Guðrún Nielsen at the Celebration of British Sculpture exhibition, Harold Martin Botanic Garden, Leicester
The University's 8th annual sculpture exhibition returns to the Harold Martin Botanic Garden
Click here to view a gallery of photographs taken at this year's exhibition.
For the eighth year of its highly successful annual outdoor sculpture show, the University of Leicester is celebrating British sculpture in its exquisitely landscaped Harold Martin Botanic Garden.
A Celebration of British Sculpture includes 50 works of art in varying media, scale and design, much of it by artists of international acclaim. The grand opening of the exhibition will be at the Botanic Garden’s Open Day on Sunday 28th June, 11.00am to 5.00pm. The Open Day includes, not only the sculpture exhibition, but also a plant sale and lots of displays and activities of interest to all the family. Entrance is £3 per adult, children free. The sculpture exhibition closes on Sunday 27th September and, apart from Open Days, is free of charge.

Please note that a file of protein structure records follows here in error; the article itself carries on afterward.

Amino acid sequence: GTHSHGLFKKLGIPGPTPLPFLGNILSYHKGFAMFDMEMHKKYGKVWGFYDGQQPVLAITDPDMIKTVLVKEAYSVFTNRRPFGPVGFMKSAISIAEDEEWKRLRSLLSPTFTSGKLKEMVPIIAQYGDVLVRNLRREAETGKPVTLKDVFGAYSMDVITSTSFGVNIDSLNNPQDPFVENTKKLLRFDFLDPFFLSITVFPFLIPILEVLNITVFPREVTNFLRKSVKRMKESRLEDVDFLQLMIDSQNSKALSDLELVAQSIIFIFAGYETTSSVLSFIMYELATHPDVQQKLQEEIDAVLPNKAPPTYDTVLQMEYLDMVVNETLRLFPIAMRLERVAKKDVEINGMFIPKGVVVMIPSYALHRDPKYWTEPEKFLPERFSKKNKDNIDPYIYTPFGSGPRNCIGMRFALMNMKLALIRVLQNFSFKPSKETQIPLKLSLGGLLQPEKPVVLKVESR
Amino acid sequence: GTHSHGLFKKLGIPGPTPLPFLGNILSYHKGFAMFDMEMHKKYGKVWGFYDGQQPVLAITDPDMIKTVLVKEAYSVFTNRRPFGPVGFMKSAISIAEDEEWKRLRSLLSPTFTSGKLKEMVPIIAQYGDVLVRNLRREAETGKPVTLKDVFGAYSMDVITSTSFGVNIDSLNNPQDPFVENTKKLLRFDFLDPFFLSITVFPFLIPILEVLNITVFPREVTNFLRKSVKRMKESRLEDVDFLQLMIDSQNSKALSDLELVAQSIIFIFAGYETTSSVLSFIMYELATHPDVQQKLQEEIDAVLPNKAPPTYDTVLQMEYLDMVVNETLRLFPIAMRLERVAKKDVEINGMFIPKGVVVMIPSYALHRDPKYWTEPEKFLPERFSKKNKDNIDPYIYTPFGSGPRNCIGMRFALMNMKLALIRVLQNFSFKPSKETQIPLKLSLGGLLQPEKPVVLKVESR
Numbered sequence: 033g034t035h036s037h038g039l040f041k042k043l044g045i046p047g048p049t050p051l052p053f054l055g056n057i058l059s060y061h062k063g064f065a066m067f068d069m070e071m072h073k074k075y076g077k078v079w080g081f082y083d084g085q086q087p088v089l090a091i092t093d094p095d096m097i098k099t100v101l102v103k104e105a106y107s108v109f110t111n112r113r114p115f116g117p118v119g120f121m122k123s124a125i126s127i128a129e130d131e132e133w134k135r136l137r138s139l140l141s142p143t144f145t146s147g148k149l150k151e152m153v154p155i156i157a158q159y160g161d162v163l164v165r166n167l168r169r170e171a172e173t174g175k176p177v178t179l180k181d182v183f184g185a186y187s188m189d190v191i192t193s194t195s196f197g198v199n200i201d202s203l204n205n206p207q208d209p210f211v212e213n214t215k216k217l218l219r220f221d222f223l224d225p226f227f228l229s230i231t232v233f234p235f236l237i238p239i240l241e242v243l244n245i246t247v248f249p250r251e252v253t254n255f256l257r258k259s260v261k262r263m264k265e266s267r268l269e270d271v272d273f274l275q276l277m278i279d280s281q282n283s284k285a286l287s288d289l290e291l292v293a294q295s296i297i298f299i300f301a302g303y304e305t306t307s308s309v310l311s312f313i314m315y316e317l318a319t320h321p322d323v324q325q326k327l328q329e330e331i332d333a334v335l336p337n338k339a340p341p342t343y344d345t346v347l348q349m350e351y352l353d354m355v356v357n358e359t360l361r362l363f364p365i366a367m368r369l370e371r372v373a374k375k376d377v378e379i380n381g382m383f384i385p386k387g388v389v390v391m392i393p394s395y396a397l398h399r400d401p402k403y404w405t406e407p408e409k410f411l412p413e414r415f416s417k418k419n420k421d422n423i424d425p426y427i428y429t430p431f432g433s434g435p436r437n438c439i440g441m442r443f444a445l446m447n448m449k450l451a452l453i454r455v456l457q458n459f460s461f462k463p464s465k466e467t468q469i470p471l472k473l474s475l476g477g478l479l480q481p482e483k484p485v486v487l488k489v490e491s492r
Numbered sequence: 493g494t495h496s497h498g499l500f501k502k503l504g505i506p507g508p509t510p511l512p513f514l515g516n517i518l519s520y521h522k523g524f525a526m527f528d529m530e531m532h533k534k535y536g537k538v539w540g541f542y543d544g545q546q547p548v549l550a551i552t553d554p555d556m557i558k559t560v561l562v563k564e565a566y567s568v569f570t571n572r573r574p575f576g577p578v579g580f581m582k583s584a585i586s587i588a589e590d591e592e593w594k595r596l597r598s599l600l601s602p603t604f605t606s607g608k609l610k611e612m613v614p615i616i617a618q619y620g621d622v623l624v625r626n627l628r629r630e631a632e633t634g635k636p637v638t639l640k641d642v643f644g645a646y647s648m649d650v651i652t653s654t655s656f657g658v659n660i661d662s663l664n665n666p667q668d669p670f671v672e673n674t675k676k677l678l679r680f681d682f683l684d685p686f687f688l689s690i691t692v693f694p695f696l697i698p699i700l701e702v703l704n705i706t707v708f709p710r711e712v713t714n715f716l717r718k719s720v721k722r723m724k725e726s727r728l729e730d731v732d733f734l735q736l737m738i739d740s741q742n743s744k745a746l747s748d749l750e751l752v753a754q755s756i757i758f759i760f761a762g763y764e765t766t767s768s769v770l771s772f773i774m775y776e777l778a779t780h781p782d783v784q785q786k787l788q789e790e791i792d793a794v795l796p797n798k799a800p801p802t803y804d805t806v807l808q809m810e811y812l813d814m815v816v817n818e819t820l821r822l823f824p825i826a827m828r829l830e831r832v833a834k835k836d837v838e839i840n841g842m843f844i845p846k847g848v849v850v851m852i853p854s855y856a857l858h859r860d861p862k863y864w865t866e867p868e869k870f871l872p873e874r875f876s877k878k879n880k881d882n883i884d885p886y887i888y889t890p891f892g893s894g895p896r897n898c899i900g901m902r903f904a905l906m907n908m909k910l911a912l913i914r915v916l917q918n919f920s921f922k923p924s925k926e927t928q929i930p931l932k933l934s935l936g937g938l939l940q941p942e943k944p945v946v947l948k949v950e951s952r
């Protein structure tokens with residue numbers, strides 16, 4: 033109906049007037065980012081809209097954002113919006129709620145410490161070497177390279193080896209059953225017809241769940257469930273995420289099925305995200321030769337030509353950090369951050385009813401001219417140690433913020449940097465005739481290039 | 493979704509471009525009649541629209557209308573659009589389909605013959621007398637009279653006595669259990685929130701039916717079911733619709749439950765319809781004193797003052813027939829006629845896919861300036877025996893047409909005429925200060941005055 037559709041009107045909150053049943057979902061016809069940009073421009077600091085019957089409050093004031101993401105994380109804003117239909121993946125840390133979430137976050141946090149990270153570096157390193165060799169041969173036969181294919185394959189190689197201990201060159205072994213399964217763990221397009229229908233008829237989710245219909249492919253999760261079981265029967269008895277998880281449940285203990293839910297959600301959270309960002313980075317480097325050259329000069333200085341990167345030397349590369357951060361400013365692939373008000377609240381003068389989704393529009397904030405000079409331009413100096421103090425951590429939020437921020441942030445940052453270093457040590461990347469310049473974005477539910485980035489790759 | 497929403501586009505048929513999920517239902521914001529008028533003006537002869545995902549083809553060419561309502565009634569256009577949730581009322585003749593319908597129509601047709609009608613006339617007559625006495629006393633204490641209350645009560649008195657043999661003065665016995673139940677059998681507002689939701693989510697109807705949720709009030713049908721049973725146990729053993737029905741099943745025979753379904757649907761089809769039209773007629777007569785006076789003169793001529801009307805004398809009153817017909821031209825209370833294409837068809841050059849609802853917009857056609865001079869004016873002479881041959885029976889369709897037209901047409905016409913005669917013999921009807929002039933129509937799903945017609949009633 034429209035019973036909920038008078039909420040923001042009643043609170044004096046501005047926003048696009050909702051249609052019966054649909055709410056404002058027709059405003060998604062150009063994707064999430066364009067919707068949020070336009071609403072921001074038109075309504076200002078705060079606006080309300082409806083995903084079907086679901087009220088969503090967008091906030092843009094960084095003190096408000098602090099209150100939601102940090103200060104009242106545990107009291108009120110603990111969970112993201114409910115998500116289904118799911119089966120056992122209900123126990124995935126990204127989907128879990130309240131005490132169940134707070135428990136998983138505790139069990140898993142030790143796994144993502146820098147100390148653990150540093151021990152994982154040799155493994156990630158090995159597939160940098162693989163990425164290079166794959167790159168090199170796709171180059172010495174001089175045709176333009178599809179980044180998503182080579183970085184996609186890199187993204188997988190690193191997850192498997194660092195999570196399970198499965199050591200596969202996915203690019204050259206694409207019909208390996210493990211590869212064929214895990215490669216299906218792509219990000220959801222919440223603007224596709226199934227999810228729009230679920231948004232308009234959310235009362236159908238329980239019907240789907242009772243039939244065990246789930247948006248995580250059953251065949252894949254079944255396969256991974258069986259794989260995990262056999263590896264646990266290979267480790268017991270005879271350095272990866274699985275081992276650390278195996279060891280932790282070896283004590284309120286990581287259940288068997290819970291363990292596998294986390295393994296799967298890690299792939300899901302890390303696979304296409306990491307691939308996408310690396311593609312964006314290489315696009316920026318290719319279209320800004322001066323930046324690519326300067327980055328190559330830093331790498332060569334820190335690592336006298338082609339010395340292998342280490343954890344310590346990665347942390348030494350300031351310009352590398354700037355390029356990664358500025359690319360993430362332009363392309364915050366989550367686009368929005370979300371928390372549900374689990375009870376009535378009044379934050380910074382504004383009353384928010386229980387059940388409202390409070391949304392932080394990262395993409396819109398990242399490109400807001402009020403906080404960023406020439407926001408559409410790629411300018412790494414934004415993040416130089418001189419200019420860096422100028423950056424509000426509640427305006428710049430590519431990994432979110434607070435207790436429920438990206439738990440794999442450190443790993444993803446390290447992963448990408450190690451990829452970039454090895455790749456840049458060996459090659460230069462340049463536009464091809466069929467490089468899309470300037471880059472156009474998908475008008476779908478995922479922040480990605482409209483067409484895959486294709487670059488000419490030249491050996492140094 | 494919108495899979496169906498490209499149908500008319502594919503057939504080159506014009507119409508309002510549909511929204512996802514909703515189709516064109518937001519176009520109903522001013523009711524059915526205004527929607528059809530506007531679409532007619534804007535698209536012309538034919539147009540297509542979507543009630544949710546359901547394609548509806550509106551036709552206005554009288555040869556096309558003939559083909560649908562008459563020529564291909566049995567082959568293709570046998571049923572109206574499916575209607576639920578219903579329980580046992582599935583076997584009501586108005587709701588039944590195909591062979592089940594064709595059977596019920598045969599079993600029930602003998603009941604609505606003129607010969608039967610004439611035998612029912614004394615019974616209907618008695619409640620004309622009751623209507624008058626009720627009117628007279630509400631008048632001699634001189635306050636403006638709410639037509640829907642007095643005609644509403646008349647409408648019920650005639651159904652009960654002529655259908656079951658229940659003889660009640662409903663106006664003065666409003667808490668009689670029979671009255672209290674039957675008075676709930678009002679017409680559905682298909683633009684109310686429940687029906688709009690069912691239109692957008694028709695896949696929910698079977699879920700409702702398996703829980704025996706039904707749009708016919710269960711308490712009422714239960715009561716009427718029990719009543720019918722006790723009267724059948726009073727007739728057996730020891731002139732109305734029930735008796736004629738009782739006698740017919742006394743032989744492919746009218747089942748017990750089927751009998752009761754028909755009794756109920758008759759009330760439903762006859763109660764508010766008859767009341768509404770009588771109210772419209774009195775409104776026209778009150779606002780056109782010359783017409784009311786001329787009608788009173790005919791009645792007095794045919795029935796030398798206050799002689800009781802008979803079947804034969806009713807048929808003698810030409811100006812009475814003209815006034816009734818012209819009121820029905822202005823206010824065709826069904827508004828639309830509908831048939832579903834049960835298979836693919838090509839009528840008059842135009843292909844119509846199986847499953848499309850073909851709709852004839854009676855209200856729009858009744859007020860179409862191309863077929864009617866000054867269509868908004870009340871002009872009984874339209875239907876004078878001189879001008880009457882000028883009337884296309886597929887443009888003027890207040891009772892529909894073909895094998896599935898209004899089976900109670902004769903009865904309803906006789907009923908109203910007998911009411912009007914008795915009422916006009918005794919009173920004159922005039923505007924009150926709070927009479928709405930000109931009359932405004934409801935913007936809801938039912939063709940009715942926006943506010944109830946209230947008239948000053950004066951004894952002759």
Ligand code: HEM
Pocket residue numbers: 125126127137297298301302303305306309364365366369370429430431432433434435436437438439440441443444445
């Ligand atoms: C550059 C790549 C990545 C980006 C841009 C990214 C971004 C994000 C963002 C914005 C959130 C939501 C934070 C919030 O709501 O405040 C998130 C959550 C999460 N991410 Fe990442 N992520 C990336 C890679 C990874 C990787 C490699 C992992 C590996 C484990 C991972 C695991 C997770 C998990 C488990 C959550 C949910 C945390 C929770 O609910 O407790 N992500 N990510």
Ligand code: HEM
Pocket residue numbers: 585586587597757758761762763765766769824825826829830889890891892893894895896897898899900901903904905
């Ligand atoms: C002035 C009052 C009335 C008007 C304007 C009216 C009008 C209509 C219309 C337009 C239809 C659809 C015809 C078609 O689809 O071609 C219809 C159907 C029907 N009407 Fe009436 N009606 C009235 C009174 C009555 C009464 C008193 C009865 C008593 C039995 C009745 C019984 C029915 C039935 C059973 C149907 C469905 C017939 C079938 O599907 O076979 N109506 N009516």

Among the highlights of the show will be two works of welded stainless steel by one of the ‘giants’ of 20th century sculpture, the late Lynn Chadwick – Rising Beast and Duttan’s Beast . Chadwick was one of the twelve semi-finalists for the Unknown Political Prisoner International Sculpture Competition in 1953 and three years later won the International Prize for Sculpture at the 1956 Venice Biennale. His work is represented in all major international art collections and was featured in a retrospective exhibition of his work at Tate Britain in London, in 2003, the year he died.